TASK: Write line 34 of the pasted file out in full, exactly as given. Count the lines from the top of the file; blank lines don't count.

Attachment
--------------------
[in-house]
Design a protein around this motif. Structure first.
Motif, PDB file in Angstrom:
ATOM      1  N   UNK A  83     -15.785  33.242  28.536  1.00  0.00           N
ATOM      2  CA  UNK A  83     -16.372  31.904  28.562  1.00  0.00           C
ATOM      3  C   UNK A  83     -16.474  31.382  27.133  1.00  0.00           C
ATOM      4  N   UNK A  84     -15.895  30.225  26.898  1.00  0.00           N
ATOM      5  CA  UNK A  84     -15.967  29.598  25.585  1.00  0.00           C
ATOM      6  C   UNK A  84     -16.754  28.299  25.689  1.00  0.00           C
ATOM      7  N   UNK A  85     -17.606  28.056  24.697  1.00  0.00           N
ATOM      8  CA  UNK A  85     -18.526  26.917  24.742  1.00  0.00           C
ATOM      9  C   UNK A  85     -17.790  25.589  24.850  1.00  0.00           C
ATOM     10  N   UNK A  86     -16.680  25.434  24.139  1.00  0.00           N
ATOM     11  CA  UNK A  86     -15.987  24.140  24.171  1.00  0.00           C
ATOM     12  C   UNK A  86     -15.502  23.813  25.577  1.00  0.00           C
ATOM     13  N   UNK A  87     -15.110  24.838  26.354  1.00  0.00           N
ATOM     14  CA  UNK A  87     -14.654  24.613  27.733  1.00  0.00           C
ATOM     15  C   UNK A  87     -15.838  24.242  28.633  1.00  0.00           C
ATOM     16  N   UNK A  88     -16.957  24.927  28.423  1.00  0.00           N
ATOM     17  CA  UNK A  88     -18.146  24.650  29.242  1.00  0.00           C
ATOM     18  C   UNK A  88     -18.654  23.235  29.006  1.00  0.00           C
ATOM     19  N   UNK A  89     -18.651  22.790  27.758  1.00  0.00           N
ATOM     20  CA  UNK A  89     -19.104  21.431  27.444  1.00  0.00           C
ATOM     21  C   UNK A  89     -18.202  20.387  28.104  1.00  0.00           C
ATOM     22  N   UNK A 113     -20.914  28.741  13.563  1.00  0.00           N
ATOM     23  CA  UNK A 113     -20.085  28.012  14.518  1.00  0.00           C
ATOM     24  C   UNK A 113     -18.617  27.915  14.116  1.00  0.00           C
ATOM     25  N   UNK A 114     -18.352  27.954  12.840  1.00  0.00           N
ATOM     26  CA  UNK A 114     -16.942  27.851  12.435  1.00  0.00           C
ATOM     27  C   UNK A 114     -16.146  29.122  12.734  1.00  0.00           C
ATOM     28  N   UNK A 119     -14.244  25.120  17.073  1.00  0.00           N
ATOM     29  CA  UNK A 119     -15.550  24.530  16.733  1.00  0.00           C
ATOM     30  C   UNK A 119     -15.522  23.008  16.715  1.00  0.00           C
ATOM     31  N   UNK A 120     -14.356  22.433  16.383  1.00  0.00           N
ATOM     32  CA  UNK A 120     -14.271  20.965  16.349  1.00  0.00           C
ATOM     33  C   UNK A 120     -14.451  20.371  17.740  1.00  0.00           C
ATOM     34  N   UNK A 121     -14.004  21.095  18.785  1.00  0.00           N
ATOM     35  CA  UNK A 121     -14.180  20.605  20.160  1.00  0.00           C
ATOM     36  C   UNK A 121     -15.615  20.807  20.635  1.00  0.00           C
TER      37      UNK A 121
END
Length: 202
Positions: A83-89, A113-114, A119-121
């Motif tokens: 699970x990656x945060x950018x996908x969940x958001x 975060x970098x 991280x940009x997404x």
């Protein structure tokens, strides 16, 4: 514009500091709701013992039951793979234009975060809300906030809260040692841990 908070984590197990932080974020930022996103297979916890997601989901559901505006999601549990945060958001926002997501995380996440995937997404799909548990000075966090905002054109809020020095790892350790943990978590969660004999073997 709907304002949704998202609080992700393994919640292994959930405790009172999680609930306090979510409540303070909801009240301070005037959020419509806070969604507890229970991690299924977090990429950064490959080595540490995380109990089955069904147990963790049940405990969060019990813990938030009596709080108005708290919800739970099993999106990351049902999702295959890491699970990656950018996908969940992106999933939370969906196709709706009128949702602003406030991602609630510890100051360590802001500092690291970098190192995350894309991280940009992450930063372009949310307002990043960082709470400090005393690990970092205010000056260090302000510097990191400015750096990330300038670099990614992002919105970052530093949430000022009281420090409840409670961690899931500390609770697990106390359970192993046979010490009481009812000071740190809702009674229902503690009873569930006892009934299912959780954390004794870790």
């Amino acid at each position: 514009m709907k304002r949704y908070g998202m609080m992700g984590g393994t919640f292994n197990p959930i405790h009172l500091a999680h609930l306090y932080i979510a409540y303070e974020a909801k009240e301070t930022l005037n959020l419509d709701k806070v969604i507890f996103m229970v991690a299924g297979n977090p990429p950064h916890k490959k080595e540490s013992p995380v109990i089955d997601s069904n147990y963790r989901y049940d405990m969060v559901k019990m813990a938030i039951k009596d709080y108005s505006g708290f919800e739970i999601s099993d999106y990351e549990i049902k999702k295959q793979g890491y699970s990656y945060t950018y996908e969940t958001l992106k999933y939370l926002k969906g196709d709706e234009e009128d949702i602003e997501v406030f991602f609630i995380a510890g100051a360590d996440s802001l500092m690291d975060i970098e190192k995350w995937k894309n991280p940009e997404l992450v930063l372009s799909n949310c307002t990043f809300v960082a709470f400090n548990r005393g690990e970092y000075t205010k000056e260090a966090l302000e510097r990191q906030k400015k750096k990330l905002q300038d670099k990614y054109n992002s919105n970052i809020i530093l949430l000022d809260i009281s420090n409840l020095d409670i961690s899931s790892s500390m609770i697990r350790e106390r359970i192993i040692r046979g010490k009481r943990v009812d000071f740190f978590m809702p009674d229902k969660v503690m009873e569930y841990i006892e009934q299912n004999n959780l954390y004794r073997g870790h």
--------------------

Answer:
ATOM     31  N   UNK A 120     -14.356  22.433  16.383  1.00  0.00           N